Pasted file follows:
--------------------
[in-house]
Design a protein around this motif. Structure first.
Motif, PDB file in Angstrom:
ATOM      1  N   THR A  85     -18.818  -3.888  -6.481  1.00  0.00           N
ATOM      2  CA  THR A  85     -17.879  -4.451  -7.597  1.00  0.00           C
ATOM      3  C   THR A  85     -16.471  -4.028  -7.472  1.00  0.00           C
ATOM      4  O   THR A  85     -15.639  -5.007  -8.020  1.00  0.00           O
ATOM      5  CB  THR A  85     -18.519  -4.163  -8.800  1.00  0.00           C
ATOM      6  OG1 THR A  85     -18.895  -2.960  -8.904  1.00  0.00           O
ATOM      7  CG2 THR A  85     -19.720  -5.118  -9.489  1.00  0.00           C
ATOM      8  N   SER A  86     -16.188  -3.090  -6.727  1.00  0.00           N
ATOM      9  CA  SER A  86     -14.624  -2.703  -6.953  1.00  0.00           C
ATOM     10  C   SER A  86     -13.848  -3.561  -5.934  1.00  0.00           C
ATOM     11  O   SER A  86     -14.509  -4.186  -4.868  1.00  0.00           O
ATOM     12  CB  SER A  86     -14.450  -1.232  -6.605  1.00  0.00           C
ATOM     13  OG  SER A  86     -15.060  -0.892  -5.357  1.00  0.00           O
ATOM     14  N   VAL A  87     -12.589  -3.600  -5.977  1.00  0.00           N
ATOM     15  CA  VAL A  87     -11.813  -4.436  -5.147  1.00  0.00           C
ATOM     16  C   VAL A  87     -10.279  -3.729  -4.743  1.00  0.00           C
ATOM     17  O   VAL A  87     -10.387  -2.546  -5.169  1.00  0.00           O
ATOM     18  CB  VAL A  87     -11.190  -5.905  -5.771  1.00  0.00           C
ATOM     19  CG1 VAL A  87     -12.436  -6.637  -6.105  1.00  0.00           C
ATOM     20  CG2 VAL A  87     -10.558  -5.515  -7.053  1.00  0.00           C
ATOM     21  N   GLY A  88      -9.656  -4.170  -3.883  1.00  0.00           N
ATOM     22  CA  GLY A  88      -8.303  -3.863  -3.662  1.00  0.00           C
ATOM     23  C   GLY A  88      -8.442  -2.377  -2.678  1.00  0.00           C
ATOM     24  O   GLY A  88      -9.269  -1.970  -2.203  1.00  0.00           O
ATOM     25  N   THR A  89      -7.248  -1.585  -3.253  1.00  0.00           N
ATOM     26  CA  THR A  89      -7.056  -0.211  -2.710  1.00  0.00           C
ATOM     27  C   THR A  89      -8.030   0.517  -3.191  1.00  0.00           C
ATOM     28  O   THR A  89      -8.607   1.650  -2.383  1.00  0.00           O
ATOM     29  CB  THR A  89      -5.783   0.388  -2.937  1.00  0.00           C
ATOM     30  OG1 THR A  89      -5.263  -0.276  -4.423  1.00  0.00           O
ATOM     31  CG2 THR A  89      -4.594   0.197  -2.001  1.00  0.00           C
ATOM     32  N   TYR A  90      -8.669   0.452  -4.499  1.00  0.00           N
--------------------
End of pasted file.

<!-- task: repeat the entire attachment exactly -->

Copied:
[in-house]
Design a protein around this motif. Structure first.
Motif, PDB file in Angstrom:
ATOM      1  N   THR A  85     -18.818  -3.888  -6.481  1.00  0.00           N
ATOM      2  CA  THR A  85     -17.879  -4.451  -7.597  1.00  0.00           C
ATOM      3  C   THR A  85     -16.471  -4.028  -7.472  1.00  0.00           C
ATOM      4  O   THR A  85     -15.639  -5.007  -8.020  1.00  0.00           O
ATOM      5  CB  THR A  85     -18.519  -4.163  -8.800  1.00  0.00           C
ATOM      6  OG1 THR A  85     -18.895  -2.960  -8.904  1.00  0.00           O
ATOM      7  CG2 THR A  85     -19.720  -5.118  -9.489  1.00  0.00           C
ATOM      8  N   SER A  86     -16.188  -3.090  -6.727  1.00  0.00           N
ATOM      9  CA  SER A  86     -14.624  -2.703  -6.953  1.00  0.00           C
ATOM     10  C   SER A  86     -13.848  -3.561  -5.934  1.00  0.00           C
ATOM     11  O   SER A  86     -14.509  -4.186  -4.868  1.00  0.00           O
ATOM     12  CB  SER A  86     -14.450  -1.232  -6.605  1.00  0.00           C
ATOM     13  OG  SER A  86     -15.060  -0.892  -5.357  1.00  0.00           O
ATOM     14  N   VAL A  87     -12.589  -3.600  -5.977  1.00  0.00           N
ATOM     15  CA  VAL A  87     -11.813  -4.436  -5.147  1.00  0.00           C
ATOM     16  C   VAL A  87     -10.279  -3.729  -4.743  1.00  0.00           C
ATOM     17  O   VAL A  87     -10.387  -2.546  -5.169  1.00  0.00           O
ATOM     18  CB  VAL A  87     -11.190  -5.905  -5.771  1.00  0.00           C
ATOM     19  CG1 VAL A  87     -12.436  -6.637  -6.105  1.00  0.00           C
ATOM     20  CG2 VAL A  87     -10.558  -5.515  -7.053  1.00  0.00           C
ATOM     21  N   GLY A  88      -9.656  -4.170  -3.883  1.00  0.00           N
ATOM     22  CA  GLY A  88      -8.303  -3.863  -3.662  1.00  0.00           C
ATOM     23  C   GLY A  88      -8.442  -2.377  -2.678  1.00  0.00           C
ATOM     24  O   GLY A  88      -9.269  -1.970  -2.203  1.00  0.00           O
ATOM     25  N   THR A  89      -7.248  -1.585  -3.253  1.00  0.00           N
ATOM     26  CA  THR A  89      -7.056  -0.211  -2.710  1.00  0.00           C
ATOM     27  C   THR A  89      -8.030   0.517  -3.191  1.00  0.00           C
ATOM     28  O   THR A  89      -8.607   1.650  -2.383  1.00  0.00           O
ATOM     29  CB  THR A  89      -5.783   0.388  -2.937  1.00  0.00           C
ATOM     30  OG1 THR A  89      -5.263  -0.276  -4.423  1.00  0.00           O
ATOM     31  CG2 THR A  89      -4.594   0.197  -2.001  1.00  0.00           C
ATOM     32  N   TYR A  90      -8.669   0.452  -4.499  1.00  0.00           N